Creative – term that mostly applies to ad images and graphics supplied by the advertiser. Sometimes the creative also includes copywriting.
Cost per Click (CPC) – cost acquired by the advertisers for every click on their ad.
Cost per Mille (CPM) – cost per thousands of impressions – advertisers will pay this amount for every thousand ads shown.
Cost per Lead (CPL) – cost acquired by the advertisers whenever they get a lead or an inquiry as a result of a visitor clicking on their ad.
Cost per Action (CPA) – cost acquired by the advertisers for every desired action that occurred from their ad. CPA is an umbrella term that covers CPI, CPL, CPS and more.
Click Through Rate (CTR) – a number expressed as a percentage that tells us how many ad impressions resulted in a click. For example, if an ad was shown 1,000 times and clicked on 16, the CTR would be 1.6 %.
Cookie – a small file sent by web servers that is stored locally on a computer. It helps to determine ad frequency and the number of unique visitors.
Discrepancy – difference between client ad numbers and partner’s numbers. Occurs frequently for a variety of reasons and has to be adjusted before advertisers are billed.
Effective Cost per Mile (eCPM) – calculated by dividing ad zone revenue with the number of impressions and multiplied by 1000. It’s an effective way of comparing CPC and CPM ads and should be calculated in order to gauge the possible earnings from different ad networks and revenue models.
Email Pay per Click (Email PPC) – cost that advertisers acquire for clicks in exclusively email marketing campaigns.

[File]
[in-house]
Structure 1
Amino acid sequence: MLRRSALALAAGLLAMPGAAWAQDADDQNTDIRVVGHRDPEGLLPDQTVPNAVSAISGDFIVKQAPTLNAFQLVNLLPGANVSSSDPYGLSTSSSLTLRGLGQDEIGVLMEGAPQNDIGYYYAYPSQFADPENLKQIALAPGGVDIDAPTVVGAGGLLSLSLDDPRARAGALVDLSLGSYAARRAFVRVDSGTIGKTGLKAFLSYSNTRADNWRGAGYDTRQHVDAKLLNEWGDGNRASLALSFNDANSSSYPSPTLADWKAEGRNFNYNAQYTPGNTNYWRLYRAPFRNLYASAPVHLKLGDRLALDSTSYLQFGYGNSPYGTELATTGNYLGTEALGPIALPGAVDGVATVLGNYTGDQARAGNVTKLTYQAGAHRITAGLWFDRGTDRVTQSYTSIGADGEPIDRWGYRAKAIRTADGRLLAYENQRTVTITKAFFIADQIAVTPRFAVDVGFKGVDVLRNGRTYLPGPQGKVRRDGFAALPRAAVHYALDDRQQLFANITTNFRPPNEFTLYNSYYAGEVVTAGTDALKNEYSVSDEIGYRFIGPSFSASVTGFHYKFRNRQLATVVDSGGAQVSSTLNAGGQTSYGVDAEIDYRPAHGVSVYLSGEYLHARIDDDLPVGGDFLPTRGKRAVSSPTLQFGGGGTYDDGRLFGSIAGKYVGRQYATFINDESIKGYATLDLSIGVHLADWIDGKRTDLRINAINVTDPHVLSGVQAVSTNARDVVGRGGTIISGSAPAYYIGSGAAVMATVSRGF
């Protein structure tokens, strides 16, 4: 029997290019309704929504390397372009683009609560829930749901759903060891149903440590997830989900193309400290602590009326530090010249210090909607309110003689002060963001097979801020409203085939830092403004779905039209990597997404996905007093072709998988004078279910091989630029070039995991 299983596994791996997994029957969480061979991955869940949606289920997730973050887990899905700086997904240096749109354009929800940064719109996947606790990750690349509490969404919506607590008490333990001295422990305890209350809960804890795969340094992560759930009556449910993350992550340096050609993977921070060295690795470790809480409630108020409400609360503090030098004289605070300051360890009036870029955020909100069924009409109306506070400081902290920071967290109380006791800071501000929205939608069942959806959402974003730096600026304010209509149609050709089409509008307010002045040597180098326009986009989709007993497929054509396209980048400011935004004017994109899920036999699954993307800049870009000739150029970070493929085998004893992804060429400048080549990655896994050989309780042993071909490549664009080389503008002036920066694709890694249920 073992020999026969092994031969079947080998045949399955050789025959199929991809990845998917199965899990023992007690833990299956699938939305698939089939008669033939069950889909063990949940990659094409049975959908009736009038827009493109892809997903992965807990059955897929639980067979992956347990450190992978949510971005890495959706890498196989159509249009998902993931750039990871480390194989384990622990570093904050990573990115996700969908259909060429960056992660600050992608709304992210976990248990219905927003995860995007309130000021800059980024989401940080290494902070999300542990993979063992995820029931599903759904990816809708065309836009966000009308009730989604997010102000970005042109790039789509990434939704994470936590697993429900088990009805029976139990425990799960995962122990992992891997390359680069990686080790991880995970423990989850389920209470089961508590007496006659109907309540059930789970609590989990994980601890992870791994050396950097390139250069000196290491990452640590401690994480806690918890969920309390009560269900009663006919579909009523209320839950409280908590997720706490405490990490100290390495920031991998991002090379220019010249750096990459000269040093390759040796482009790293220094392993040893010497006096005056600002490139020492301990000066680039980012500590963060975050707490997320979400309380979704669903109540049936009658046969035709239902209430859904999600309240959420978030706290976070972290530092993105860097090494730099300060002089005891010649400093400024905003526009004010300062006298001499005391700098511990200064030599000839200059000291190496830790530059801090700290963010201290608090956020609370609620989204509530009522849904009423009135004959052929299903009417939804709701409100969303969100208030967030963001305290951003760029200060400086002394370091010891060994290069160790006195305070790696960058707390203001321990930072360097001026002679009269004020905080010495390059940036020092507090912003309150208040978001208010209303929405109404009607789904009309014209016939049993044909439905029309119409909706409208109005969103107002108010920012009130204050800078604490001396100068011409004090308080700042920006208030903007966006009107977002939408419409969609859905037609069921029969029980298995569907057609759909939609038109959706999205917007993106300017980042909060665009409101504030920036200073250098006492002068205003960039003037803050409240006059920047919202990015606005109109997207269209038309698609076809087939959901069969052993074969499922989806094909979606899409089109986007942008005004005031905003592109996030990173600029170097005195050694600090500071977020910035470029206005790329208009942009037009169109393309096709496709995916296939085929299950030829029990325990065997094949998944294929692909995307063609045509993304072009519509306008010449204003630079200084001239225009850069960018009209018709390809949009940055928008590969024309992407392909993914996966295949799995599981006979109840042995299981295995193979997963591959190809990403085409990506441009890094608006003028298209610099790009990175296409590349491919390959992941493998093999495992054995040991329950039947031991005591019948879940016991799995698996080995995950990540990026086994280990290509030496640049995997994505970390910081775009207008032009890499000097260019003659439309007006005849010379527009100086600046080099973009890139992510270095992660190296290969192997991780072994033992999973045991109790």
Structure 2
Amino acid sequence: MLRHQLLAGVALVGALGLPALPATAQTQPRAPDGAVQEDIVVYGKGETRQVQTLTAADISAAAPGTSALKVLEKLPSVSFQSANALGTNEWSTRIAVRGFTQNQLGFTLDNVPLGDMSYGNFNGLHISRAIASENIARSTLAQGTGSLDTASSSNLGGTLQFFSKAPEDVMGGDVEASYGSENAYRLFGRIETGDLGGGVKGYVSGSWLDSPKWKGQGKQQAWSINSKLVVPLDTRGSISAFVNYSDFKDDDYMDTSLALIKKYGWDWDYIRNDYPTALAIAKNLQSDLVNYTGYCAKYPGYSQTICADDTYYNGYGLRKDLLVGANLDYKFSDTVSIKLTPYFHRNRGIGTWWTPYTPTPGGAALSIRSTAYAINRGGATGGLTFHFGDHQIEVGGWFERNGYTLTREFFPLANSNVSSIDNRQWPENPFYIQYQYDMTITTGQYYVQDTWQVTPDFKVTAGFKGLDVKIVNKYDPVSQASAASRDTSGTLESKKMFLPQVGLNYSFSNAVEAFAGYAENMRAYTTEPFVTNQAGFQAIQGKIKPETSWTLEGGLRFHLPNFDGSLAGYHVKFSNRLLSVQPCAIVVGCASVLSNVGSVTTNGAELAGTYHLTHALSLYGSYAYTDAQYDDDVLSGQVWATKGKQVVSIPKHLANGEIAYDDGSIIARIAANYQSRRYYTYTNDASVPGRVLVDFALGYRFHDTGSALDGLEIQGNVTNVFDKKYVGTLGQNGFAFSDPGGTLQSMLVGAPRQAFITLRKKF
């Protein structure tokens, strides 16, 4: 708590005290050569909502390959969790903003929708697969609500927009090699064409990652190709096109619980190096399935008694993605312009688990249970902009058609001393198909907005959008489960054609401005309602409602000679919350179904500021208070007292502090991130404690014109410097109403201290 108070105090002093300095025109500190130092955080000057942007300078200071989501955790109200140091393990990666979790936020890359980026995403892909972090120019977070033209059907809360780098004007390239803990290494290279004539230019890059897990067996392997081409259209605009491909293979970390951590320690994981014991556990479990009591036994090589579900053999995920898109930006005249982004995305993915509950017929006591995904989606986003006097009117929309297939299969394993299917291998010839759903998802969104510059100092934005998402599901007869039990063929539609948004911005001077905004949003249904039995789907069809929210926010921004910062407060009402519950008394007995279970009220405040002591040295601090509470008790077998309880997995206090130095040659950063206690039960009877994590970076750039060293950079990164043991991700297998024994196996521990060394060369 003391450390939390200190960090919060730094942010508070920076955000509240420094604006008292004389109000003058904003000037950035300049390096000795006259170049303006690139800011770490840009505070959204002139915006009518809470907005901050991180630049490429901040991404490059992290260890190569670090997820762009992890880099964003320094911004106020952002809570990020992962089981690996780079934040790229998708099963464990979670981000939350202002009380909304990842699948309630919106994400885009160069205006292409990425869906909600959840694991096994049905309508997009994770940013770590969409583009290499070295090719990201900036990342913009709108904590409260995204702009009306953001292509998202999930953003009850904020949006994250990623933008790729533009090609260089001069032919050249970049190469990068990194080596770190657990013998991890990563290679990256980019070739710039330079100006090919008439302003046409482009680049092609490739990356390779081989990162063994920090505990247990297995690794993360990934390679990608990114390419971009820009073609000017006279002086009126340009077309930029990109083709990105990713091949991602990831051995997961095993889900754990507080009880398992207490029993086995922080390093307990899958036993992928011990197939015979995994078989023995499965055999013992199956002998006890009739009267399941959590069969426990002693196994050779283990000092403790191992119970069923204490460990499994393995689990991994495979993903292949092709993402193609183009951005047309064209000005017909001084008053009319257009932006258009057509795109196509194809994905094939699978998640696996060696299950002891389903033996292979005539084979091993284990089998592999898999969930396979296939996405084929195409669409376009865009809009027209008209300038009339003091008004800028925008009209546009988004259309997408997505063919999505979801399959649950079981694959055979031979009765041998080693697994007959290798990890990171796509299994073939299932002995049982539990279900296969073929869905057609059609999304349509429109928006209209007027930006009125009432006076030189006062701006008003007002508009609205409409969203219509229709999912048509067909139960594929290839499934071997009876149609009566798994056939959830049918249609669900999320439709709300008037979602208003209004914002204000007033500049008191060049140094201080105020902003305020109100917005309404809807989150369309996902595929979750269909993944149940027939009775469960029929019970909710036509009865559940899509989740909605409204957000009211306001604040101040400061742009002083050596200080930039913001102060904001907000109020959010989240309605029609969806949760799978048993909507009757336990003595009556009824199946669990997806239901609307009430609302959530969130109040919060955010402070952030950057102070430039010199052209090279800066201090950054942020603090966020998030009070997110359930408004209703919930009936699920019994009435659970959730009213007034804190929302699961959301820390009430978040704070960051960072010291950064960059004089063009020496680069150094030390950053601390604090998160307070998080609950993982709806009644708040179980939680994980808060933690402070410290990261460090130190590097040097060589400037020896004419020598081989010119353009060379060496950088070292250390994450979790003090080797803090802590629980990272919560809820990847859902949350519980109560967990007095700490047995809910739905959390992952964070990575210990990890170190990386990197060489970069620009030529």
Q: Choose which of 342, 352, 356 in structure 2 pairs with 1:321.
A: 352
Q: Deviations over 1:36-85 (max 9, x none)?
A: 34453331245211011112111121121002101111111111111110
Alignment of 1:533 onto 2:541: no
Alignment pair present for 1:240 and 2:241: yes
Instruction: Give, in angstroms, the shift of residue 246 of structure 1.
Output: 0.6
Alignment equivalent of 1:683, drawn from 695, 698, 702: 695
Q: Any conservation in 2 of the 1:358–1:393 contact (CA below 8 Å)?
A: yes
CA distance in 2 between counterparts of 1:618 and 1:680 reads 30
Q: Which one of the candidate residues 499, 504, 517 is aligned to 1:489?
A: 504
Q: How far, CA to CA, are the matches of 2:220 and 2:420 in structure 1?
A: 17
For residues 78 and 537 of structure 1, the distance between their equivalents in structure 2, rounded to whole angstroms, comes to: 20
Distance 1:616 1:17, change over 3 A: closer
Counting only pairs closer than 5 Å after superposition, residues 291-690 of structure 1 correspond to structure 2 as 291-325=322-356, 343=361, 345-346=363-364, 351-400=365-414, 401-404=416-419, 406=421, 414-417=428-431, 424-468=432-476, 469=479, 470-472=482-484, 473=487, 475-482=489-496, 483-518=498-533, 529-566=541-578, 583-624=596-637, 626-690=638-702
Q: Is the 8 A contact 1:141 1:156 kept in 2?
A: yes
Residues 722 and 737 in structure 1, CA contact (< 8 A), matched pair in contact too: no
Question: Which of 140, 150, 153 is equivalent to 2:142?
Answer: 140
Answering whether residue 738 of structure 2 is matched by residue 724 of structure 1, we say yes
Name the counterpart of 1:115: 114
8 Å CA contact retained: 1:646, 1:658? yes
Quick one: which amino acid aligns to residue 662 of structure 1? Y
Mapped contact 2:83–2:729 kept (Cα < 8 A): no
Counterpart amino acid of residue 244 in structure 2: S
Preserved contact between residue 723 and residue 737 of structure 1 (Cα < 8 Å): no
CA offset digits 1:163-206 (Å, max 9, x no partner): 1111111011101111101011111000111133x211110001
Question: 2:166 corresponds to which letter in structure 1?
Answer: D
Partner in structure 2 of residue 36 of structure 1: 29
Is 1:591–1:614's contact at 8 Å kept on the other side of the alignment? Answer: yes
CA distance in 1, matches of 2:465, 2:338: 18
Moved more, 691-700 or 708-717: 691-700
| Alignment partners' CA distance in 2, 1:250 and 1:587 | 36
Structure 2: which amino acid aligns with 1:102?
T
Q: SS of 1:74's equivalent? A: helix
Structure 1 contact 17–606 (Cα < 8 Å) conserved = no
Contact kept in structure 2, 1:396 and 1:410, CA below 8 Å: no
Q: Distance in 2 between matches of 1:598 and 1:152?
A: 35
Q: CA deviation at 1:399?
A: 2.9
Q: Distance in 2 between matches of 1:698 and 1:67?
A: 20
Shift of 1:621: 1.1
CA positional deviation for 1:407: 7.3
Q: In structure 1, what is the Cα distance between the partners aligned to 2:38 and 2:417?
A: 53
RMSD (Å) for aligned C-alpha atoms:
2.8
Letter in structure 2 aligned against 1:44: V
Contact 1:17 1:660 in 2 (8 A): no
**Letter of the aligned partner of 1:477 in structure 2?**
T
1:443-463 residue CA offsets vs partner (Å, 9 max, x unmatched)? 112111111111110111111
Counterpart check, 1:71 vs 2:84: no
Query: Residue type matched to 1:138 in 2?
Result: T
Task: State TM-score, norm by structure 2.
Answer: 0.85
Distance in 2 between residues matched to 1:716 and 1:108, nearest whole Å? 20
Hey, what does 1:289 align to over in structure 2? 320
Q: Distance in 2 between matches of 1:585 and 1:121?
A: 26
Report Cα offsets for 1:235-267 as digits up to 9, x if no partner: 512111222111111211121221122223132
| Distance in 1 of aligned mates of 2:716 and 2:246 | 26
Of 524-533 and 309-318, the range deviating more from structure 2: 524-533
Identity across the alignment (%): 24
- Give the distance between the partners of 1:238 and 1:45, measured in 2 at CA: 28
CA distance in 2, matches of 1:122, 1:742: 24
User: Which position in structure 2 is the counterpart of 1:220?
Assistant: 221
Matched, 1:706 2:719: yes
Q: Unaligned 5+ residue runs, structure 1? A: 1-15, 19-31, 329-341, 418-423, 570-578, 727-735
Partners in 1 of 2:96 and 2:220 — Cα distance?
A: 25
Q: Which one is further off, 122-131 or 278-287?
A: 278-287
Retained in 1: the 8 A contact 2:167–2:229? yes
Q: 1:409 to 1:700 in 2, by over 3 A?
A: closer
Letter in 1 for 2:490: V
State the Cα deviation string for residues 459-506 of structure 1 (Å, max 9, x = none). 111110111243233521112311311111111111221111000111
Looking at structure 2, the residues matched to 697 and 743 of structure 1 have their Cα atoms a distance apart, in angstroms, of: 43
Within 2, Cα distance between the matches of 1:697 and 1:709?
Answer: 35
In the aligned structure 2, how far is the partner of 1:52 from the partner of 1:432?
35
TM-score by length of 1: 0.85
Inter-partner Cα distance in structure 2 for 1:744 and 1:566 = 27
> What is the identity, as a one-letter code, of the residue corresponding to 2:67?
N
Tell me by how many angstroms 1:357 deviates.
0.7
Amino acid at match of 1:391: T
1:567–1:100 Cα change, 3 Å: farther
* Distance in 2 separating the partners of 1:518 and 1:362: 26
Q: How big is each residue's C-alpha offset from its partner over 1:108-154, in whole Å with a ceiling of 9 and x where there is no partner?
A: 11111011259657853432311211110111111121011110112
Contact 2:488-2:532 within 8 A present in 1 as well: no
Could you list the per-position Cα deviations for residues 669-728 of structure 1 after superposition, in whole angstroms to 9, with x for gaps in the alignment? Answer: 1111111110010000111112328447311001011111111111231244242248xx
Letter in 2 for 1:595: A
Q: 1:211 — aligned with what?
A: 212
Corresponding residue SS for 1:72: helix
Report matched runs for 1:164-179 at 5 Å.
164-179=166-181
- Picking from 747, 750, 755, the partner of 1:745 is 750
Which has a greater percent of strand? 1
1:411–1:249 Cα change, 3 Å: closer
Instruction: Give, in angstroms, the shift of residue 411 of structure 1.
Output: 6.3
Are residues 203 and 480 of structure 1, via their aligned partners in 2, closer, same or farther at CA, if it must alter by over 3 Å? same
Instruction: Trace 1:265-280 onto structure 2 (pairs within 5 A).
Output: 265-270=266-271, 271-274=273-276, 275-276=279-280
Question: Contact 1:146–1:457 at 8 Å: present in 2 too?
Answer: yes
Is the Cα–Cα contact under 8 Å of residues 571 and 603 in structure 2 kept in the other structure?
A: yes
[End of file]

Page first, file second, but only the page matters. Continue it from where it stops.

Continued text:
Frequency Cap – a feature that allows advertisers to limit the number of the same ads shown to a unique visitor.
Fill Rate – a percentage that represents ads that are actually served divided by ad impressions. This is an important metric for publishers because it directly impacts ad earnings. Revenue = eCPM x Impressions / 1000.
If an ad network doesn’t’ have an ad that is suitable for an ad zone on your page it will leave it blank. This will lower your eCPM and consequently your revenue. Fill rate is important when evaluating the performance of a network.
Geo-Targeting – a feature that allows networks to show ads based on visitor’s physical location.
House Ad – an ad that is self-promotional in nature – meaning, it is not served by an ad network. It’s used when ad networks don’t have an ad to show in the zone so placement wouldn’t be left empty.
Impression – the number of times an ad was requested. Doesn’t represent a number of views – requests can be canceled – over-counted or foiled by cache – undercounted.
Interstitial Ad – An ad that is served between pages – usually an entry page, such as a login page, and a destination page, the page the visitor is trying to get to.
Publisher Account – an account on an ad network that is associated with a publisher – owner of a website selling ad space to advertisers.
Pay per Click (PPC) – a method of ad serving in which ads are shown for free and advertisers are only charged when a visitor clicks on their ad.
Revenue per Mille (RPM) – revenue earned by the publisher for every 1,000 ads they show.
Revenue Model – an agreement between the ad network and the publisher, detailing how and when publishers get paid and for which actions.
Stickiness – a term that describes websites on which visitors linger longer than average. These are usually sites with stellar content or game websites – online games or gambling sites.
Text Ad – a textual ad that appears on a website. It features several lines of copy with no images or graphics.
Unique Visitor – a number of users who visit a website over a period of time. Multiple visits from a single computer are always counted once. This metric is should be taken with a grain of salt as tens of unique users might visit the same website from a single computer – for example, at a library or at college.
Visitor – a user who visits a website. Can be numerous times, each visit is counted separately.
Feel free to add terms that you think should be added to the comments.